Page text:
Opinion: College hyperproductivity culture normalizes caffeine addiction

In the city that never sleeps, students will do anything to stay awake.


Irum Han

(Irum Han for WSN)

Manami Yamano, Contributing Writer

Every morning, hundreds of NYU students stop at Pret A Manger, Starbucks, or any one of the other countless coffee chains in the city to purchase their constant companion and faithful friend:  a comforting cup of coffee. I’m the first to admit that I can’t imagine my existence without it, but it’s easy to forget that just because every person you see walking next to you on the street is already on their fourth cup of joe, the drink might be doing more harm than good.

Few things bring college students together the same way coffee does, besides mutual stress and fear of failing your classes. The reality of coffee’s addictive side effects often get pushed aside in service of hustle culture. While entrenched in a coffee shop study date, students may forget that caffeine can have lasting and damaging effects on the brain, and, in large doses, can cause anxiety, nausea, increased heart rate and difficulty focusing. 

Caffeine Use Disorder is a pattern that consists of a person’s unsuccessful efforts to cut down or control caffeine use, despite their knowledge that it worsens physical or psychological issues. The disorder also comes with symptoms of withdrawal. The World Health Organization now recognizes caffeine dependence as a clinical disorder.

Too preoccupied with exams and social obligations, many students do not know — nor care — whether what they are consuming is at all beneficial to their health. Sho Ishizaki, a sophomore, says that he wouldn’t be the same without his morning Americano with three shots of espresso, and the occasional two or three extra doses of coffee in the afternoon. 

“I would rather be five minutes late to my class than not drink coffee at all,” Ishizaki said. “I don’t really care about the negative health risks. I literally drink coffee instead of water.”

Thanks to his Pret A Manger coffee subscription, which lets users consume up to five drinks a day for a monthly fee of as little as $25, Ishizaki consumes coffee religiously — he’s always walking around New York City with a cup of coffee in his hand. He explained that easy access to coffee in the city ignited his transformation into a coffee enthusiast.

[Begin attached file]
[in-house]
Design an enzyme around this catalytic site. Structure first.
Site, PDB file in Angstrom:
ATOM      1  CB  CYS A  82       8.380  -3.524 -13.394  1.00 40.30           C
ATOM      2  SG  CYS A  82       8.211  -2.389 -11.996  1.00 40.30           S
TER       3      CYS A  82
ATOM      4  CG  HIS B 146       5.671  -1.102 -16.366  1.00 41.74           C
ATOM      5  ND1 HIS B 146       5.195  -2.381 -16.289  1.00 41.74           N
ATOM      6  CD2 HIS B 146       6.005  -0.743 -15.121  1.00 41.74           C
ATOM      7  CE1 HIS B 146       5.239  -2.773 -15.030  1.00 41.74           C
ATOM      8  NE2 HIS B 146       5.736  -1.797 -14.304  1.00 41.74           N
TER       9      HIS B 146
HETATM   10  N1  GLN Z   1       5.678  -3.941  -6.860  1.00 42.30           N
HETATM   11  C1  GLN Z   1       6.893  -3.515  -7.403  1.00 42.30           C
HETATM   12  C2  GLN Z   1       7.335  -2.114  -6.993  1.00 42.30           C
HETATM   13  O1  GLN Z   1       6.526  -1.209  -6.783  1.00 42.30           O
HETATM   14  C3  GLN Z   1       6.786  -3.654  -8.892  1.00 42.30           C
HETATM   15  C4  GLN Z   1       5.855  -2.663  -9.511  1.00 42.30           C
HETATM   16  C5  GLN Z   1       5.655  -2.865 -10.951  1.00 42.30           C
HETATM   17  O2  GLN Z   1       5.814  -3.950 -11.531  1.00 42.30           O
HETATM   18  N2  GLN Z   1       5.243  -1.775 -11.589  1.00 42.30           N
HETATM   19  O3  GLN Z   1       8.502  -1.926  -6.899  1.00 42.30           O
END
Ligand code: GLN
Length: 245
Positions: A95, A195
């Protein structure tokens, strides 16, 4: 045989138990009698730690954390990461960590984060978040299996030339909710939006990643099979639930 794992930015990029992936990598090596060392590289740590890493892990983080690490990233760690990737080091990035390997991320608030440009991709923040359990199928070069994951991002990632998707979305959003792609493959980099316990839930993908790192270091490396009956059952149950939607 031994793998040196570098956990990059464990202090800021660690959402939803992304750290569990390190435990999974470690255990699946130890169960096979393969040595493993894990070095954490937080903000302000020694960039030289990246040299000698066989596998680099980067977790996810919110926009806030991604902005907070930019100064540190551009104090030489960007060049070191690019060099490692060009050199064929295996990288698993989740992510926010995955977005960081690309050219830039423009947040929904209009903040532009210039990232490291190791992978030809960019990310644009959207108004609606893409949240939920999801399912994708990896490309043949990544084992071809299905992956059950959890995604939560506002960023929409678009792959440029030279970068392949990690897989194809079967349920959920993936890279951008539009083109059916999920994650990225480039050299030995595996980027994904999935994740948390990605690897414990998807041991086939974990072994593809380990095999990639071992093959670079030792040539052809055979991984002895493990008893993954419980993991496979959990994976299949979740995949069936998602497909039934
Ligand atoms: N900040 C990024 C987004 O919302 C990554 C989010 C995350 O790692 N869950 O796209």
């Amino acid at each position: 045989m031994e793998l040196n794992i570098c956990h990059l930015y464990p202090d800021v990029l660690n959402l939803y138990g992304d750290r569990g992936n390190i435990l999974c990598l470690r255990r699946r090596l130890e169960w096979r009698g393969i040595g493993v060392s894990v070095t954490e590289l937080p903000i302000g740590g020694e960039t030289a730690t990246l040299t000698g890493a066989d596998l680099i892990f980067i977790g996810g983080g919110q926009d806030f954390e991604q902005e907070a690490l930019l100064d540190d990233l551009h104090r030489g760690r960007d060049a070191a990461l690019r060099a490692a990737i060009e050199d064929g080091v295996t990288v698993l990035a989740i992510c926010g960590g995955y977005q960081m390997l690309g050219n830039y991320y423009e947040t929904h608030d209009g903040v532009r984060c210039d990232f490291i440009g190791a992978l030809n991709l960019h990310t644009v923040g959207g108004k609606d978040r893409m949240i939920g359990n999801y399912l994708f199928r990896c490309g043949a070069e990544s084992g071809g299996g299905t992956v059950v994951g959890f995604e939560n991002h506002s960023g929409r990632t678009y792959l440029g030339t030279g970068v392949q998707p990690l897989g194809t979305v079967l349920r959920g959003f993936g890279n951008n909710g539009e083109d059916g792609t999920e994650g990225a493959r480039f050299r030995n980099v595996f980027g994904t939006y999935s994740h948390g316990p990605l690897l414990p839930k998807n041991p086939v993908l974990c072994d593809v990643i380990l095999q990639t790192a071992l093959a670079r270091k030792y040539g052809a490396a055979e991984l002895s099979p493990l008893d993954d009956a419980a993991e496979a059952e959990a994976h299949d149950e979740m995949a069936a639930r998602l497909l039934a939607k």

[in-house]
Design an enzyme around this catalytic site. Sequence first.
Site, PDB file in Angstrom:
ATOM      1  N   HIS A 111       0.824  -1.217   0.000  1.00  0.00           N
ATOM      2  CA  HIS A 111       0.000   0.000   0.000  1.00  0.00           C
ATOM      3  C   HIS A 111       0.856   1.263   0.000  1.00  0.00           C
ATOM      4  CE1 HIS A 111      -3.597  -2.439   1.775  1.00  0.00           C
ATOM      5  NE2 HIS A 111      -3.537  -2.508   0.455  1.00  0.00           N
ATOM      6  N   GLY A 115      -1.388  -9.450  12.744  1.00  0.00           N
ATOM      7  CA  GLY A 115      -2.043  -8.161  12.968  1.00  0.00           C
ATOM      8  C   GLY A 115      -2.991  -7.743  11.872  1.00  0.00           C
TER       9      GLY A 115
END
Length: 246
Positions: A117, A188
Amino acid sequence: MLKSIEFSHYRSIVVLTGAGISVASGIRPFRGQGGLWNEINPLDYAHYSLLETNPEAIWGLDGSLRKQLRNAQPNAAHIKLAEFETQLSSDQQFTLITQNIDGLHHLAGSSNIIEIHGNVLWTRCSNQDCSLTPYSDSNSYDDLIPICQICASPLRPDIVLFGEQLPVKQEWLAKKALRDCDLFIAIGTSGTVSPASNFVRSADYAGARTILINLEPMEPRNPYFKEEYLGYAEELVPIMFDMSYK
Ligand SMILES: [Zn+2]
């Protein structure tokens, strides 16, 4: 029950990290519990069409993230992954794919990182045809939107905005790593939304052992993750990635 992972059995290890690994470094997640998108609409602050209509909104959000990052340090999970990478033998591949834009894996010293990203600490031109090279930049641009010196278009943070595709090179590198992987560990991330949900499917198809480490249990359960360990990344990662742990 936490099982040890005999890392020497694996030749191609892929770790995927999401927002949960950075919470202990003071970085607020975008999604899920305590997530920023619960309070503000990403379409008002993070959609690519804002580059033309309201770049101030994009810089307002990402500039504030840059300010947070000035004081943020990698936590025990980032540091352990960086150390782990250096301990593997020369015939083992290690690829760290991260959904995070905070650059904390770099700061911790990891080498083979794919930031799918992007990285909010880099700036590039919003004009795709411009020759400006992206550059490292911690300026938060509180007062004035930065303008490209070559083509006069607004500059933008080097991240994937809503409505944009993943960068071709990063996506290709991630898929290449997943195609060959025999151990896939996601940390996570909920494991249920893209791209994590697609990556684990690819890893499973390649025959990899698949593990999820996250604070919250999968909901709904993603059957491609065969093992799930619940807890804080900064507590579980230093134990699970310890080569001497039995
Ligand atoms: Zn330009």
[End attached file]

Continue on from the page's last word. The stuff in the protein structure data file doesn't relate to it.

Cynthia Liu, another sophomore I spoke to, said her caffeine consumption increased since she moved to New York. She usually starts her weekdays with two double shots of espresso and one large cold brew. She never goes a week without it, to avoid experiencing withdrawal symptoms, which she described as similar to those of a hangover. Without coffee, Liu’s body feels heavier, and she experiences chronic migraines and brain fog — which she says affects her ability to go about her day.

What students like Ishizaki and Liu might not know is that high and sustained caffeine consumption can impair students’ ability to think clearly without the drink over time. In a study published in ScienceDirect, researchers warned that the pressures of a demanding work schedule can lead to the development of sleep disorders and an inability to regulate emotions without a morning cup of coffee. 

For college students, academic pressure — as well as the romanticization and normalization of coffee addiction — can often overshadow the fact that caffeine is a drug. Unhealthy levels of consumption go unnoticed under the pretense of preparing for midterms. Students are destroying their bodies in order to meet pressures to be successful, and no one is batting an eye.

WSN’s Opinion section strives to publish ideas worth discussing. The views presented in the Opinion section are solely the views of the writer.

Contact Manami Yamano at [email protected].